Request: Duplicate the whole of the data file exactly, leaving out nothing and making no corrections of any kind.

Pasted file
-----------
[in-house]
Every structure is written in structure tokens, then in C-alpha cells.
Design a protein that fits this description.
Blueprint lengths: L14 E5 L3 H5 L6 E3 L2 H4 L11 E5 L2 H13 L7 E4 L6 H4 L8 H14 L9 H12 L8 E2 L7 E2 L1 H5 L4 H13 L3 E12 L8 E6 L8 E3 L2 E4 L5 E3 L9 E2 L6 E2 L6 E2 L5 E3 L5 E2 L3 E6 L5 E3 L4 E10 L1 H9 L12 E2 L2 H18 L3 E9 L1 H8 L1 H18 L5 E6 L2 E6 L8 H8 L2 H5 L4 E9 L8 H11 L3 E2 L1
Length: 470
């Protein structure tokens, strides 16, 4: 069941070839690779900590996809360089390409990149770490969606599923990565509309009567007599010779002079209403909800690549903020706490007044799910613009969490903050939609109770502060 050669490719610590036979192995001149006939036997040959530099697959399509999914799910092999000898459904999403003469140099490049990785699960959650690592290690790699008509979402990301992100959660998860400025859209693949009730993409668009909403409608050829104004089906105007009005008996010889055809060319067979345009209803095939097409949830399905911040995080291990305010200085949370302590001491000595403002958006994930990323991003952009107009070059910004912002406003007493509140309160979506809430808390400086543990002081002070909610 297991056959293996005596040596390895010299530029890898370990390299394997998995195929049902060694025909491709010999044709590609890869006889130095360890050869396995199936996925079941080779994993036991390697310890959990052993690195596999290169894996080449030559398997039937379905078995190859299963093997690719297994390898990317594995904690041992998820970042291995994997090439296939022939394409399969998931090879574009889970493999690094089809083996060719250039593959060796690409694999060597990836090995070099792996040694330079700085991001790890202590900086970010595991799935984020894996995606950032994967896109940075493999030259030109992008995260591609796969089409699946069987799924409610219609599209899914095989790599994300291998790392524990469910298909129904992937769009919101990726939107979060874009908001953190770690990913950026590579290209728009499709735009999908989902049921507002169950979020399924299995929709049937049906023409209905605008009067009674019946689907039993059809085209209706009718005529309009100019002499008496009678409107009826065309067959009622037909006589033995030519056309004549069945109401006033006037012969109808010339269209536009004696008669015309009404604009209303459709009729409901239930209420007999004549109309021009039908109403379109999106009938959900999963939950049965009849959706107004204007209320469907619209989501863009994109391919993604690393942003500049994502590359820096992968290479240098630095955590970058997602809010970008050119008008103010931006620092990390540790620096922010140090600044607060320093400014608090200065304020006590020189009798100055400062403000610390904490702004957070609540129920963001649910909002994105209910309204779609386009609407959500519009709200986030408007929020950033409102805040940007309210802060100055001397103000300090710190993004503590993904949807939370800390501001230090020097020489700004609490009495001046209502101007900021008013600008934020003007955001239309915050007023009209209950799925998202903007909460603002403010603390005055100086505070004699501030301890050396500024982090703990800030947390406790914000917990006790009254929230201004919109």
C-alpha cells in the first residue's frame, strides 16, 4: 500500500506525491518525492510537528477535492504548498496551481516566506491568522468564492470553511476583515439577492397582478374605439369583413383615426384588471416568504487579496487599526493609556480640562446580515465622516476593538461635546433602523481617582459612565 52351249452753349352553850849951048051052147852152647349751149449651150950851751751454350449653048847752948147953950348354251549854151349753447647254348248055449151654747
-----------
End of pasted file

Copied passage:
[in-house]
Every structure is written in structure tokens, then in C-alpha cells.
Design a protein that fits this description.
Blueprint lengths: L14 E5 L3 H5 L6 E3 L2 H4 L11 E5 L2 H13 L7 E4 L6 H4 L8 H14 L9 H12 L8 E2 L7 E2 L1 H5 L4 H13 L3 E12 L8 E6 L8 E3 L2 E4 L5 E3 L9 E2 L6 E2 L6 E2 L5 E3 L5 E2 L3 E6 L5 E3 L4 E10 L1 H9 L12 E2 L2 H18 L3 E9 L1 H8 L1 H18 L5 E6 L2 E6 L8 H8 L2 H5 L4 E9 L8 H11 L3 E2 L1
Length: 470
């Protein structure tokens, strides 16, 4: 069941070839690779900590996809360089390409990149770490969606599923990565509309009567007599010779002079209403909800690549903020706490007044799910613009969490903050939609109770502060 050669490719610590036979192995001149006939036997040959530099697959399509999914799910092999000898459904999403003469140099490049990785699960959650690592290690790699008509979402990301992100959660998860400025859209693949009730993409668009909403409608050829104004089906105007009005008996010889055809060319067979345009209803095939097409949830399905911040995080291990305010200085949370302590001491000595403002958006994930990323991003952009107009070059910004912002406003007493509140309160979506809430808390400086543990002081002070909610 297991056959293996005596040596390895010299530029890898370990390299394997998995195929049902060694025909491709010999044709590609890869006889130095360890050869396995199936996925079941080779994993036991390697310890959990052993690195596999290169894996080449030559398997039937379905078995190859299963093997690719297994390898990317594995904690041992998820970042291995994997090439296939022939394409399969998931090879574009889970493999690094089809083996060719250039593959060796690409694999060597990836090995070099792996040694330079700085991001790890202590900086970010595991799935984020894996995606950032994967896109940075493999030259030109992008995260591609796969089409699946069987799924409610219609599209899914095989790599994300291998790392524990469910298909129904992937769009919101990726939107979060874009908001953190770690990913950026590579290209728009499709735009999908989902049921507002169950979020399924299995929709049937049906023409209905605008009067009674019946689907039993059809085209209706009718005529309009100019002499008496009678409107009826065309067959009622037909006589033995030519056309004549069945109401006033006037012969109808010339269209536009004696008669015309009404604009209303459709009729409901239930209420007999004549109309021009039908109403379109999106009938959900999963939950049965009849959706107004204007209320469907619209989501863009994109391919993604690393942003500049994502590359820096992968290479240098630095955590970058997602809010970008050119008008103010931006620092990390540790620096922010140090600044607060320093400014608090200065304020006590020189009798100055400062403000610390904490702004957070609540129920963001649910909002994105209910309204779609386009609407959500519009709200986030408007929020950033409102805040940007309210802060100055001397103000300090710190993004503590993904949807939370800390501001230090020097020489700004609490009495001046209502101007900021008013600008934020003007955001239309915050007023009209209950799925998202903007909460603002403010603390005055100086505070004699501030301890050396500024982090703990800030947390406790914000917990006790009254929230201004919109």
C-alpha cells in the first residue's frame, strides 16, 4: 500500500506525491518525492510537528477535492504548498496551481516566506491568522468564492470553511476583515439577492397582478374605439369583413383615426384588471416568504487579496487599526493609556480640562446580515465622516476593538461635546433602523481617582459612565 52351249452753349352553850849951048051052147852152647349751149449651150950851751751454350449653048847752948147953950348354251549854151349753447647254348248055449151654747